Fermentation Riot All Grain Beer Brewing

How to Keg and Carbonate Beer

The following instructions will walk through how to keg your beer and properly carbonate for serving.

Assuming at this point you have a keg, carbon dioxide tank, and all the necessary accessories that go with it to properly dispense the beer the first step is cleaning the keg.

For a detailed description see How to Clean a Cornelius Keg


Leak Check

Following the detailed cleaning the first step is to make sure that your keg can hold pressure. This can be done be placing the gas in ball lock on the Cornelius keg and turning up the pressure regulator to 20psi. My preference for this check is to turn off the main CO2 supply valve on the top of the CO2 tank once the keg is charged up to 20psi. Leaving the ball lock on for 10 minutes read the pressure of the keg. If it stays around 20psi then you have no leaks. If it drops significantly then you know there is leaks and you may risk wasting all your CO2 if you plug into your keg. If there are leaks you may need to get soapy water and place over all seal locations to determine where the leaks are coming from. Try not to get soap into the keg as this will impact your head retention.


Rack Your Beer into Keg

Assuming your keg is leak free then you can rack your beer into the keg. At this stage rack all of the beer into the keg leaving the settled yeast behind. Be careful not to aerate (splash) the beer into the keg. It should be gently siphoned into the keg.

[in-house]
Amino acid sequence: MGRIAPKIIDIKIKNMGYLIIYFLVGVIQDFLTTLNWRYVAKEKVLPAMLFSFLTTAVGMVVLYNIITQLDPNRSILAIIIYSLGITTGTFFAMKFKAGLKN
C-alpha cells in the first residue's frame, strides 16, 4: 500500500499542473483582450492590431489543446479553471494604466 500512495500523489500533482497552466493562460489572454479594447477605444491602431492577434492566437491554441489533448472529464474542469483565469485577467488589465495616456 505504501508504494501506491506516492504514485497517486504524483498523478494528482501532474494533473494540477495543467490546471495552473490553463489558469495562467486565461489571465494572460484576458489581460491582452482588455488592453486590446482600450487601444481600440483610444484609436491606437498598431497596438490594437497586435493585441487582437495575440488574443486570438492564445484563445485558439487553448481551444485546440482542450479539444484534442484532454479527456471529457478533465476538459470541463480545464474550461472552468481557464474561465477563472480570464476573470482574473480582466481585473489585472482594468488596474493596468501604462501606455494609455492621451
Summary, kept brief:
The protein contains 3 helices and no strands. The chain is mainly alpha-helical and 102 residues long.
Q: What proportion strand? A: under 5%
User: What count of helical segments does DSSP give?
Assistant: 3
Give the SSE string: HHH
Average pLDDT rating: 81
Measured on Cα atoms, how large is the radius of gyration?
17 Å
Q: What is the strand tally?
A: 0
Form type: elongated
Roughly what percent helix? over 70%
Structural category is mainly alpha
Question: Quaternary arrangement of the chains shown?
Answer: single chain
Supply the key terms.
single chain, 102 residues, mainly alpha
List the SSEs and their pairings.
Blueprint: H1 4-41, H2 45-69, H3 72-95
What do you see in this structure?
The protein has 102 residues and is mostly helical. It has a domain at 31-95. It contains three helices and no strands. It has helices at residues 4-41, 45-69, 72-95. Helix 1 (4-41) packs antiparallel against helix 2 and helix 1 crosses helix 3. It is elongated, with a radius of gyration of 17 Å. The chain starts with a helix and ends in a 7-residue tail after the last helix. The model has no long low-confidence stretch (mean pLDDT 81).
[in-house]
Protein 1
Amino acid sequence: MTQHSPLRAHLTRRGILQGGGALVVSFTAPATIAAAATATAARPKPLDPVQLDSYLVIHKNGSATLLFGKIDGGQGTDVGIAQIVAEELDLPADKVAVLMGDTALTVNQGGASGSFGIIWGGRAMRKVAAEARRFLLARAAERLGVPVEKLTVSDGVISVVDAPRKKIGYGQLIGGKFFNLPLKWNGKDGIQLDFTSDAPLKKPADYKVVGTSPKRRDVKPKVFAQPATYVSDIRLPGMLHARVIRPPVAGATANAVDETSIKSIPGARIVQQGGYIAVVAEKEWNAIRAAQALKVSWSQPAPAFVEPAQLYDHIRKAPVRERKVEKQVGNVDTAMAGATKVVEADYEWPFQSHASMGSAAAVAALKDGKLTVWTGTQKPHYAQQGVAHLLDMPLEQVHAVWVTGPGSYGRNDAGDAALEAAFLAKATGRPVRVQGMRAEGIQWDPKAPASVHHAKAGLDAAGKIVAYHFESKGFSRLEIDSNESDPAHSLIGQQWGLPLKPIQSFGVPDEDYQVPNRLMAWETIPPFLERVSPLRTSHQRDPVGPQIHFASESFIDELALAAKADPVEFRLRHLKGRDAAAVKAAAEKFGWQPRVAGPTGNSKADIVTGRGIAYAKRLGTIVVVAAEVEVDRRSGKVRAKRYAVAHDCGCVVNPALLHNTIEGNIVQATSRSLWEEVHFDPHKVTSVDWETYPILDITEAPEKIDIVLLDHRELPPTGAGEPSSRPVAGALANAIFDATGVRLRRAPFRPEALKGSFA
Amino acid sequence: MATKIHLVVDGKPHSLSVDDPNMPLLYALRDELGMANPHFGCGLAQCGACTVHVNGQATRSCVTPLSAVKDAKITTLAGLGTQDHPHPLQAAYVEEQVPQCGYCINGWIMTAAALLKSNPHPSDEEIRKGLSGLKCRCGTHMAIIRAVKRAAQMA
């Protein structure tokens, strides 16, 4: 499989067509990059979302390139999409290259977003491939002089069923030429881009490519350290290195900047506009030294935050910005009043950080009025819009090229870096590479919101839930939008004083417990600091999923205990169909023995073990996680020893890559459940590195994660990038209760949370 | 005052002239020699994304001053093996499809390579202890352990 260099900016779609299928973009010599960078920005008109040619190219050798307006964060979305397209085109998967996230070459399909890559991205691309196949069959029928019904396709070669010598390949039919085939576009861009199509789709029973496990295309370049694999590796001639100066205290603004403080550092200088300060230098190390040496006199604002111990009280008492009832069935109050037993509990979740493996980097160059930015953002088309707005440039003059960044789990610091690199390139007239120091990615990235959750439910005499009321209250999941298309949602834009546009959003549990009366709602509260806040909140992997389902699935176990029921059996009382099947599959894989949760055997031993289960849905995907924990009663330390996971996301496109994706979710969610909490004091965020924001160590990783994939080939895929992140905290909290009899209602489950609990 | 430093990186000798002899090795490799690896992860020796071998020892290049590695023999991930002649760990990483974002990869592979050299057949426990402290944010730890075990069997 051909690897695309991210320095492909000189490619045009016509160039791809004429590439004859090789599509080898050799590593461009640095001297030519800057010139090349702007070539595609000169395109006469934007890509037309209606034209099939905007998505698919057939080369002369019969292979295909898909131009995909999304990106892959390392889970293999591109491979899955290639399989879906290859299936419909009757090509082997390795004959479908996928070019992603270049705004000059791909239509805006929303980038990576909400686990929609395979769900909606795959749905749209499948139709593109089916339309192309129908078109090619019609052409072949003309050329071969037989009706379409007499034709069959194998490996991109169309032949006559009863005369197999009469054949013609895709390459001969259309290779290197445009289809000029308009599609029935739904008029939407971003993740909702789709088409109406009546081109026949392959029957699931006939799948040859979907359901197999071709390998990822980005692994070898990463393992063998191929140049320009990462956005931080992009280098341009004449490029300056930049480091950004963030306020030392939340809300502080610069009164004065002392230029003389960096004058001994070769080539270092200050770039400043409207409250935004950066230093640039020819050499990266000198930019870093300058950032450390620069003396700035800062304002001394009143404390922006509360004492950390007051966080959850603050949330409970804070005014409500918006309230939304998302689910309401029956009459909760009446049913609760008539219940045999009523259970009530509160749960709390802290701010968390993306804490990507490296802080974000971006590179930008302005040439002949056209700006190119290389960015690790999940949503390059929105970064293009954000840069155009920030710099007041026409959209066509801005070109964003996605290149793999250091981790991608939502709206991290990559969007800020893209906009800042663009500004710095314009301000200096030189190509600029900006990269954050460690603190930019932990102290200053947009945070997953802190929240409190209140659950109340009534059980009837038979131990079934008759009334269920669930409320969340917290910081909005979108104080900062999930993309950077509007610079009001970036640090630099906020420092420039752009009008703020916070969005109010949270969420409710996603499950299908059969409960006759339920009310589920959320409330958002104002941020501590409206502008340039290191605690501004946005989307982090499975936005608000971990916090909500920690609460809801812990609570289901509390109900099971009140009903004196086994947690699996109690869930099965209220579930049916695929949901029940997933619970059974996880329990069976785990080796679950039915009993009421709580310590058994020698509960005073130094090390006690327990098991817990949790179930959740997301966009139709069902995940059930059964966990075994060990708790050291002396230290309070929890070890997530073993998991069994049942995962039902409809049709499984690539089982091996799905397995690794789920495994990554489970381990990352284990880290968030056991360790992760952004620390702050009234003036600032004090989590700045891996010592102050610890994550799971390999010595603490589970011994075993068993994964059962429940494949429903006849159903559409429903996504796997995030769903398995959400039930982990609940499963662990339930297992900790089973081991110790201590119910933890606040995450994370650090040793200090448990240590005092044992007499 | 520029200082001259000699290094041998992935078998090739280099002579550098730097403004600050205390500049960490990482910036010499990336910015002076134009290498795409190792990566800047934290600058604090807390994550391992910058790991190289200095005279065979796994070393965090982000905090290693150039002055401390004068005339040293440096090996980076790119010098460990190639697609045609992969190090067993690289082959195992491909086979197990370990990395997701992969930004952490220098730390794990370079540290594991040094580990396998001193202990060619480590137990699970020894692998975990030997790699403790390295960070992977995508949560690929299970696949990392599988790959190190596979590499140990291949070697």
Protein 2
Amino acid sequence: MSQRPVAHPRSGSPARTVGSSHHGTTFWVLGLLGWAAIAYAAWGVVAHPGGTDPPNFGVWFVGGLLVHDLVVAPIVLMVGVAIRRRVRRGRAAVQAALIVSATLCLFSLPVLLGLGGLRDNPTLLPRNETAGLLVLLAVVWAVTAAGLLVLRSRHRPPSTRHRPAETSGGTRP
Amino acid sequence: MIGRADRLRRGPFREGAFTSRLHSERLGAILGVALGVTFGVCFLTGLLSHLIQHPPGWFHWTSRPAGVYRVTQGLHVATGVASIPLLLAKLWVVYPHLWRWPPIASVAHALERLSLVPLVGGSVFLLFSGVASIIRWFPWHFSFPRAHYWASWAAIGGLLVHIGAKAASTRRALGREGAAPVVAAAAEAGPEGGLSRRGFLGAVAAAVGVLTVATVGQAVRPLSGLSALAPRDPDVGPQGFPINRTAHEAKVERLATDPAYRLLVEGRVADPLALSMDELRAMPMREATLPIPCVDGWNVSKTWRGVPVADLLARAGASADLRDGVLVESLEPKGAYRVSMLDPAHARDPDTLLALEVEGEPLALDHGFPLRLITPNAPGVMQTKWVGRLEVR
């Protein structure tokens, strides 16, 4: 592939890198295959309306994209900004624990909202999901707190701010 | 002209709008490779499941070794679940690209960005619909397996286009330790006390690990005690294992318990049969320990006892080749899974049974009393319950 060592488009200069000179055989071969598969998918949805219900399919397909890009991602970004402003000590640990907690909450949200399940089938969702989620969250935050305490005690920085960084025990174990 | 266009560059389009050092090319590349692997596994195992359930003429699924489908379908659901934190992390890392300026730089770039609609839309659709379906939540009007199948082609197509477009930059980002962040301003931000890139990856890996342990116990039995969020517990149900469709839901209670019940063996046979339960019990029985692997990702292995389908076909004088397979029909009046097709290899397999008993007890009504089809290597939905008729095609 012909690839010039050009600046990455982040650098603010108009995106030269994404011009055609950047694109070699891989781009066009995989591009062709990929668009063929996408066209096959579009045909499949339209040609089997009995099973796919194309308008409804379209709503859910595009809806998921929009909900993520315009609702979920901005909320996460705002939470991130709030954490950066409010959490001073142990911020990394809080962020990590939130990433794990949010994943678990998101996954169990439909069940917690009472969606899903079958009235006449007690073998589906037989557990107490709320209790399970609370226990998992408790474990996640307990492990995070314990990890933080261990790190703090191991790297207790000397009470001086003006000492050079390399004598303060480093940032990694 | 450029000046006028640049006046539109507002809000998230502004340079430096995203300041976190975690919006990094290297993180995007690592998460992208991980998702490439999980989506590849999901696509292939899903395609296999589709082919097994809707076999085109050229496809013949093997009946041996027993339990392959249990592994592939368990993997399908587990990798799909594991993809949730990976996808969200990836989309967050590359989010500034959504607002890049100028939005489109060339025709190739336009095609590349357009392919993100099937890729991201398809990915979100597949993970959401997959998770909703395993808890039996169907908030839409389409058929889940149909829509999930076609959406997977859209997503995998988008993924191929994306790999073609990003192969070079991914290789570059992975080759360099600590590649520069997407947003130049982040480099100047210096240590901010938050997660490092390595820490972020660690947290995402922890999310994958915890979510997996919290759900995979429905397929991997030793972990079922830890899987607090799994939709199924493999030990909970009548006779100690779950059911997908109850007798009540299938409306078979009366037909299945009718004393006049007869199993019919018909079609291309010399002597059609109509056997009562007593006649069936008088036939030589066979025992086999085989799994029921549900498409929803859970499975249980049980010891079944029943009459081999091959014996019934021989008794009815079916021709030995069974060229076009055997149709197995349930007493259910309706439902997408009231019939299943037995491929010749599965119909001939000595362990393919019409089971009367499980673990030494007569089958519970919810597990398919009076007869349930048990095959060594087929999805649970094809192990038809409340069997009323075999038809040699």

Purge Oxygen from Keg

After the beer is racked into the keg it is important to purge out all oxygen from the keg. This is done by connecting the CO2 tank gas supply ball lock and connecting to the keg. Pressurize the keg and pull the pressure release valve 3-5 times to purge out the air from the keg. Every time the keg is purged the oxygen content is reduced further. Oxidation of beer is never a good thing and this will help to minimize the effects.

 

Carbonate Your Beer

Carbonation is a function of temperature and pressure. Typically carbonation levels are measured in volumes. The typical range for carbonation levels in beer is 1-4 volumes. The following carbonation calculator will supply you the proper pressure setting based on your refrigerator temperature. It is very important that the keg be stored in a cool refrigerator for carbonating as the solubility of the beer increases with colder temperatures.

Enjoy Your Home Brew (Straight from the Keg)

Assuming your serving hose is not very long you will likely need to significantly drop your pressure levels from your CO2 tank to 4-10 psi for serving. This will mellow out the pour so you don't have a full glass of head. It also helps to pour into a cold glass as warm temperatures cause the carbon dioxide to nucleate out of the beer.

 

 

 

 

 

 

 

 

 

 

 

 


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Yeast Information Database


Beer Glassware Guide


How to Keg Beer


Beer Exposure to Sunlight and UV


Importance of Aerating Wort


Steps to Reduce Chill Haze in Beer


How to Make a Yeast Starter


Beer Fermentation Time Lapse


Full Boil Versus Partial Boil


Why Home Brewers Need a Turkey Burner

 


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In 1722 a new style of beer is introduced called Butt and Later. It was later renamed, Porter.